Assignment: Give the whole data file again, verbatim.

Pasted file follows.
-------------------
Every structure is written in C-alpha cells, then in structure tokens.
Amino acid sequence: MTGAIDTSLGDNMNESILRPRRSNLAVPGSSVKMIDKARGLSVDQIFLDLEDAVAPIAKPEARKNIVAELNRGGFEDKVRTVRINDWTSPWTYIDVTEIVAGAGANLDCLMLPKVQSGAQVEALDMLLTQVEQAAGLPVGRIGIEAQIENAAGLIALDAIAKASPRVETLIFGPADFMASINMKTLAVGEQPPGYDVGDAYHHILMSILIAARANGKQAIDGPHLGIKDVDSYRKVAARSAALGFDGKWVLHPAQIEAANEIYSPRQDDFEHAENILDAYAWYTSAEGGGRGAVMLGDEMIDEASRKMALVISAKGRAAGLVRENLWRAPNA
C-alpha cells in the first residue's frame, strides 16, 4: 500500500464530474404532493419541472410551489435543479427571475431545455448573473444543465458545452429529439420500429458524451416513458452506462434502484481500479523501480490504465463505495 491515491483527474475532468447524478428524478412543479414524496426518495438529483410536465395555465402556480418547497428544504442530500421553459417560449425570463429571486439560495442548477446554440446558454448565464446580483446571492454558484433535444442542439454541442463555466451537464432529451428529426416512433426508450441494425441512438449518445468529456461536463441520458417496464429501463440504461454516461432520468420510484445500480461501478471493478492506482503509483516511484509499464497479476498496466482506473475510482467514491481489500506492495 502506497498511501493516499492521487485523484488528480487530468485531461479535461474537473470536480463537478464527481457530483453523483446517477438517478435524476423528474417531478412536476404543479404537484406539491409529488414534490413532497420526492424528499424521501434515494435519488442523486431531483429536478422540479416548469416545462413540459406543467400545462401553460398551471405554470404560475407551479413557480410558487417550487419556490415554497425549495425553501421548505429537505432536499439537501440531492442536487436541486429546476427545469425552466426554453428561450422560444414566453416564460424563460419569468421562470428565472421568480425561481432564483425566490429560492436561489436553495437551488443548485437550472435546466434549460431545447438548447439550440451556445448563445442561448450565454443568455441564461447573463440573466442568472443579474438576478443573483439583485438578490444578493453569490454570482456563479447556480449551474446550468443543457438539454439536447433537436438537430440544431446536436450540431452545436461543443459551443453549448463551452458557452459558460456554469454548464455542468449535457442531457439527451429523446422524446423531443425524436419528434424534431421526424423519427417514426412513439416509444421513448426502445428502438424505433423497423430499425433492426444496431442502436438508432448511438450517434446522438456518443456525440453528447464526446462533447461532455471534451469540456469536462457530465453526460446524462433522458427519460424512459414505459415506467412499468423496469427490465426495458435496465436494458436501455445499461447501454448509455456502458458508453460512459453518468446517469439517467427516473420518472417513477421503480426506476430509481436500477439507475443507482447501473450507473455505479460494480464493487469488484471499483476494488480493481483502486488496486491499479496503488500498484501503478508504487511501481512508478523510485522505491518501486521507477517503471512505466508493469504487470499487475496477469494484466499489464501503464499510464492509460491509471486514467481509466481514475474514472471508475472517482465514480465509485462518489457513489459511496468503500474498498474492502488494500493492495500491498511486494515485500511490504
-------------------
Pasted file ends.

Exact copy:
Every structure is written in C-alpha cells, then in structure tokens.
Amino acid sequence: MTGAIDTSLGDNMNESILRPRRSNLAVPGSSVKMIDKARGLSVDQIFLDLEDAVAPIAKPEARKNIVAELNRGGFEDKVRTVRINDWTSPWTYIDVTEIVAGAGANLDCLMLPKVQSGAQVEALDMLLTQVEQAAGLPVGRIGIEAQIENAAGLIALDAIAKASPRVETLIFGPADFMASINMKTLAVGEQPPGYDVGDAYHHILMSILIAARANGKQAIDGPHLGIKDVDSYRKVAARSAALGFDGKWVLHPAQIEAANEIYSPRQDDFEHAENILDAYAWYTSAEGGGRGAVMLGDEMIDEASRKMALVISAKGRAAGLVRENLWRAPNA
C-alpha cells in the first residue's frame, strides 16, 4: 500500500464530474404532493419541472410551489435543479427571475431545455448573473444543465458545452429529439420500429458524451416513458452506462434502484481500479523501480490504465463505495 491515491483527474475532468447524478428524478412543479414524496426518495438529483410536465395555465402556480418547497428544504442530500421553459417560449425570463429571486439560495442548477446554440446558454448565464446580483446571492454558484433535444442542439454541442463555466451537464432529451428529426416512433426508450441494425441512438449518445468529456461536463441520458417496464429501463440504461454516461432520468420510484445500480461501478471493478492506482503509483516511484509499464497479476498496466482506473475510482467514491481489500506492495 502506497498511501493516499492521487485523484488528480487530468485531461479535461474537473470536480463537478464527481457530483453523483446517477438517478435524476423528474417531478412536476404543479404537484406539491409529488414534490413532497420526492424528499424521501434515494435519488442523486431531483429536478422540479416548469416545462413540459406543467400545462401553460398551471405554470404560475407551479413557480410558487417550487419556490415554497425549495425553501421548505429537505432536499439537501440531492442536487436541486429546476427545469425552466426554453428561450422560444414566453416564460424563460419569468421562470428565472421568480425561481432564483425566490429560492436561489436553495437551488443548485437550472435546466434549460431545447438548447439550440451556445448563445442561448450565454443568455441564461447573463440573466442568472443579474438576478443573483439583485438578490444578493453569490454570482456563479447556480449551474446550468443543457438539454439536447433537436438537430440544431446536436450540431452545436461543443459551443453549448463551452458557452459558460456554469454548464455542468449535457442531457439527451429523446422524446423531443425524436419528434424534431421526424423519427417514426412513439416509444421513448426502445428502438424505433423497423430499425433492426444496431442502436438508432448511438450517434446522438456518443456525440453528447464526446462533447461532455471534451469540456469536462457530465453526460446524462433522458427519460424512459414505459415506467412499468423496469427490465426495458435496465436494458436501455445499461447501454448509455456502458458508453460512459453518468446517469439517467427516473420518472417513477421503480426506476430509481436500477439507475443507482447501473450507473455505479460494480464493487469488484471499483476494488480493481483502486488496486491499479496503488500498484501503478508504487511501481512508478523510485522505491518501486521507477517503471512505466508493469504487470499487475496477469494484466499489464501503464499510464492509460491509471486514467481509466481514475474514472471508475472517482465514480465509485462518489457513489459511496468503500474498498474492502488494500493492495500491498511486494515485500511490504